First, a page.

Part of the show Skin Diseases and Skin Cancer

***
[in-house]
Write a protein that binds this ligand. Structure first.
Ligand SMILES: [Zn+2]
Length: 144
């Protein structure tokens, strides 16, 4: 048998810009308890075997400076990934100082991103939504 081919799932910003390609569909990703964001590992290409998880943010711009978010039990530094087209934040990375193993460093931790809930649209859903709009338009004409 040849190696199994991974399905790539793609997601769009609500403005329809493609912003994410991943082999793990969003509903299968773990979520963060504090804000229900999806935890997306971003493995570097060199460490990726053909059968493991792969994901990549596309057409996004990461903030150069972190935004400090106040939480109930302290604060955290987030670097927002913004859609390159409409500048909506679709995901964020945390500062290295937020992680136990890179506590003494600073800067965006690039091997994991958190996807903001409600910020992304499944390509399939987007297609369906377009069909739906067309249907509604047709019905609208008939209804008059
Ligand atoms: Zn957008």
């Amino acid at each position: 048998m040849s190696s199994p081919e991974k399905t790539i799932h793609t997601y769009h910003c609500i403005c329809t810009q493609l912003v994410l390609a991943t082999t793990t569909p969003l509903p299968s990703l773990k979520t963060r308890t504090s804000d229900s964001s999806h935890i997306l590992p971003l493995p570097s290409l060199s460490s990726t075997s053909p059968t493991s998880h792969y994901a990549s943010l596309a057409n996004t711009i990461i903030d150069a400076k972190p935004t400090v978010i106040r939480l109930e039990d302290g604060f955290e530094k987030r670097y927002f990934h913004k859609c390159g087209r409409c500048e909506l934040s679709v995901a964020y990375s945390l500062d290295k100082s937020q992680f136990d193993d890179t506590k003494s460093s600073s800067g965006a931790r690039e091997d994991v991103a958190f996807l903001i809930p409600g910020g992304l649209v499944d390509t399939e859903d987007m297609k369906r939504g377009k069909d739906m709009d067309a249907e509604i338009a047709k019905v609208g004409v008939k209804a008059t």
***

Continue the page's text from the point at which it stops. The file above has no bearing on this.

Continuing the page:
Just when we were all coming round to the idea of ditching our long-standing relationship with the video recorder in favour of a state of the art DVD player, researchers at Imperial College, London, announced this week that they have come up with a new design for a digital disc which, despite being the same size as a traditional CD or DVD, will be able to store up to 200 times more information - enough, in fact, to hold every episode of the Simpsons ever made, or the complete Lord of the Rings trilogy, 13 times over. That's about 470 hours of film. Peter Torok and his team, who have come up with the new disc-design, have christened their invention MODS (no, nothing to do with violent 1960's yob factions, it actually stands for Multiplex Optical Data Storage. Under the microscope, CDs and DVD's consist of a long groove or track, a bit like a race course, which spirals out from the centre of the disc towards the edge. If you unwound this groove it would stretch about three and a half miles. At regular points along the track - think of them as the furlongs on our race track analogy, the disc contains either a small pit, or the surface is left flat. The sequence of these pits and flat areas is used to digitally encode the data on the disc. The new MODS system takes the design a step further. The pits are asymmetrically shaped and contain a sunken step precisely positioned at one of 332 different angles. The angle of the step in the pit can therefore encode the information meaning that each pit can carry 10 times more information than in a traditional CD or DVD. The new system will be designed to be reverse-compatible with existing technologies like CDs and DVDs. Critically it will also enable developers to make storage devices much smaller than they are today.